The late Milton Friedman, who was the nation's foremost advocate for school choice, would be more than pleased with the news coming out of Utah. By a vote of 38-37, the Utah House last Thursday approved the first-ever statewide universal school choice plan.
Despite the close vote, the program now faces relatively smooth sailing. The bill now goes to the state Senate, which twice before has voted for a similar program. Gov. Jon Huntsman, a Republican, won election in 2004 in part by campaigning for school choice, and he has said he will likely sign the final bill.
State Rep. Steve Urquhart, the bill's chief sponsor, says the breakthrough in winning House approval was the realization that it wouldn't harm public education. The bill stipulated that for five years after a voucher student left the public system, the district would get to keep much of the money the state had paid for his education. Given that the average district gets $3,500 from the state and the average voucher is expected to be $2,000, a typical school district would gain some $1,500 every time a student left its system.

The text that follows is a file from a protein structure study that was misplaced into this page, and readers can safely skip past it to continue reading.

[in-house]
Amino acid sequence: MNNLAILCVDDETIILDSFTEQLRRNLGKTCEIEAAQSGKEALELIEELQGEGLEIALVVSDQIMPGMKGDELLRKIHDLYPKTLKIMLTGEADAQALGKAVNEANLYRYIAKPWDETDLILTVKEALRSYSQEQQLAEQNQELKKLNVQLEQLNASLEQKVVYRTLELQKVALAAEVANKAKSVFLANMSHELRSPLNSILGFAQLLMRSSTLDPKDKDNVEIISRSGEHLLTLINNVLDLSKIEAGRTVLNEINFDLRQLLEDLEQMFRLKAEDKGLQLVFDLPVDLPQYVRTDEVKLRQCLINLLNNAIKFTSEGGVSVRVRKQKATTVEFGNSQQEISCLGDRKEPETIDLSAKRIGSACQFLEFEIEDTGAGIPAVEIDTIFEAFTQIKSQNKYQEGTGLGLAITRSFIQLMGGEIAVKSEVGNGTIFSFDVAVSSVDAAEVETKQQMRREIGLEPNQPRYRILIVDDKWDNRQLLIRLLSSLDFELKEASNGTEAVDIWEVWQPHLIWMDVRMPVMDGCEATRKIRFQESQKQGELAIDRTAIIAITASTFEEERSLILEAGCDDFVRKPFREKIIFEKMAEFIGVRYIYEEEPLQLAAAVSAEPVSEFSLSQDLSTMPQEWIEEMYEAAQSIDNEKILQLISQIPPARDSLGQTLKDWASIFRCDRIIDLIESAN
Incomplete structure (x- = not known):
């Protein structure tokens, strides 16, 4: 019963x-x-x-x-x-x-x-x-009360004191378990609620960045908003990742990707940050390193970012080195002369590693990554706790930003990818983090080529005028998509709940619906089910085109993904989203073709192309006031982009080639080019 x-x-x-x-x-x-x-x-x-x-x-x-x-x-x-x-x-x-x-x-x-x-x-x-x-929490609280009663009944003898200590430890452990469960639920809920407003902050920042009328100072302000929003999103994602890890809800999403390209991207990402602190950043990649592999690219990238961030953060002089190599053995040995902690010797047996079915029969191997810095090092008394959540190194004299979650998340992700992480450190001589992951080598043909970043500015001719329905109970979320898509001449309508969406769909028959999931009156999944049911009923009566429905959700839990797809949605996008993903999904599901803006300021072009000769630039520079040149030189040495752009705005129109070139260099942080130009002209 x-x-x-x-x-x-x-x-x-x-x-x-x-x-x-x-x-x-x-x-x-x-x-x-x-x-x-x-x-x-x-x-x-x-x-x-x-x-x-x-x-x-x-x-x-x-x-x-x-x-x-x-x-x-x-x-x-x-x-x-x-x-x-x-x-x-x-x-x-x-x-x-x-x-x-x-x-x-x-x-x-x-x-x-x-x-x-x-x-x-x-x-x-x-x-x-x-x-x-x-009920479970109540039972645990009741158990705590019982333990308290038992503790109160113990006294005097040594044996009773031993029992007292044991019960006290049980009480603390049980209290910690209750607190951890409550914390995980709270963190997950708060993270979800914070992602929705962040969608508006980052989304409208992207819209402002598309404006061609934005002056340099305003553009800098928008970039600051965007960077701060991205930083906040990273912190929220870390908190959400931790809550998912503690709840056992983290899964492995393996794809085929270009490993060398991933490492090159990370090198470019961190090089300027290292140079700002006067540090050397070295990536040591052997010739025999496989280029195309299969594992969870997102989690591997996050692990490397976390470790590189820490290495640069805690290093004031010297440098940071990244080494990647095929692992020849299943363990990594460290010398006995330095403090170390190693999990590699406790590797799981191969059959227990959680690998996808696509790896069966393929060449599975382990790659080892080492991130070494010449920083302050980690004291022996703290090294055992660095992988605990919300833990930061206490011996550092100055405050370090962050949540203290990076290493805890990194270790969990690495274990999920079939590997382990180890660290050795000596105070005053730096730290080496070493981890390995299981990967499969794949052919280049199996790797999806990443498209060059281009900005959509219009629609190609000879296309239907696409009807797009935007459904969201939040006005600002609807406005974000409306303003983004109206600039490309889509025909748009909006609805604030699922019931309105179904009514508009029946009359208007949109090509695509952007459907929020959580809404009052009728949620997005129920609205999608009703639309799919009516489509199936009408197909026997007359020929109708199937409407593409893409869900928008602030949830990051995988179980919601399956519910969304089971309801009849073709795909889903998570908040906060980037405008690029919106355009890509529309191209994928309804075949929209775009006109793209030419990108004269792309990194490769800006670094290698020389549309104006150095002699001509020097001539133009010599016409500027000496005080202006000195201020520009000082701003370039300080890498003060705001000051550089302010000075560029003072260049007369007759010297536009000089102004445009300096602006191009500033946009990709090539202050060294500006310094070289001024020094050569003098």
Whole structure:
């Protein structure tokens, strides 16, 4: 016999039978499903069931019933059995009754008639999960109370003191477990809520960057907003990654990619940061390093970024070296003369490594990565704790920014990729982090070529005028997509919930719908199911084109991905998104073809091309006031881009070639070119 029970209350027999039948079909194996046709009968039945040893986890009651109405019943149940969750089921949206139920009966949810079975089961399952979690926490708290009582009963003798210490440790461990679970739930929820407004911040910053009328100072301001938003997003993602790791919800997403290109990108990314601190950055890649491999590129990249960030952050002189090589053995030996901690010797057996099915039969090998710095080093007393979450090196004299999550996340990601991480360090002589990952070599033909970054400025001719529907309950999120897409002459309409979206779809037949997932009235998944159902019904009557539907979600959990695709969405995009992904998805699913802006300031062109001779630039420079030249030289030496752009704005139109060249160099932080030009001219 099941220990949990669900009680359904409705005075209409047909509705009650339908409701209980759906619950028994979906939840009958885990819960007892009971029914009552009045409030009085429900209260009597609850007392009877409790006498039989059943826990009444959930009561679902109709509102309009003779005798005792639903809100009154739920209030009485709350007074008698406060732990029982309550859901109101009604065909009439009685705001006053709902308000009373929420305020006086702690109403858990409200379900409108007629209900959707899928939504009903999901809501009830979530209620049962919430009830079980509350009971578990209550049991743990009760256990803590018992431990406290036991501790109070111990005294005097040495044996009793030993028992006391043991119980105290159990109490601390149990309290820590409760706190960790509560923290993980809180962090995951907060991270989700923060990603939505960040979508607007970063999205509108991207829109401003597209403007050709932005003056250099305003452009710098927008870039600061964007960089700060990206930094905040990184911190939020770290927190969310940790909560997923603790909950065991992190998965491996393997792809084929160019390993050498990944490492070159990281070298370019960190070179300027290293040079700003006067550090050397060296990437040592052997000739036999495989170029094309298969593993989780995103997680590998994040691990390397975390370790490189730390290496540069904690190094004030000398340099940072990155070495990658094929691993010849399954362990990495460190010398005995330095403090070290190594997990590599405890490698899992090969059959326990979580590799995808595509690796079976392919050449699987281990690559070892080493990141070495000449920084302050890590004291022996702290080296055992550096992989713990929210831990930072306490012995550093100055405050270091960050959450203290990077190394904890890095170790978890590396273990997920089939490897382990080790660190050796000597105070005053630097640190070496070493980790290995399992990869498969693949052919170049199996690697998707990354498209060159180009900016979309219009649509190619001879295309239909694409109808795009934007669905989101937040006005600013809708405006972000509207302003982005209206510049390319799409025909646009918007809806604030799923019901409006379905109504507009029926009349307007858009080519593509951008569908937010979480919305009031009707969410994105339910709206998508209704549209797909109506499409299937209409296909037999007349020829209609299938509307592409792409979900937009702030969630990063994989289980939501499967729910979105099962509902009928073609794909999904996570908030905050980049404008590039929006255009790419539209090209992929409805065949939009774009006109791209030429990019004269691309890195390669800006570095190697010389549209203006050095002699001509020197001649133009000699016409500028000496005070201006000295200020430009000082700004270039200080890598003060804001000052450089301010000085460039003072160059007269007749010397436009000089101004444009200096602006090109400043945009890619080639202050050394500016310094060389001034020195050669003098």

Mr. Urquhart was so confident of his math that he started an interactive Web site modeled after the interactive encyclopedia Wikipedia. He posted his bill on it and invited comments. Thousands of people logged on to www.politicopia.com and participated. "If anyone can show evidence (not just alarmist rhetoric) that public education does not come out financially ahead with this bill, post your arguments and data in the comment section," Mr. Urquhart challenged his readers. No one was able to effectively rebut him.
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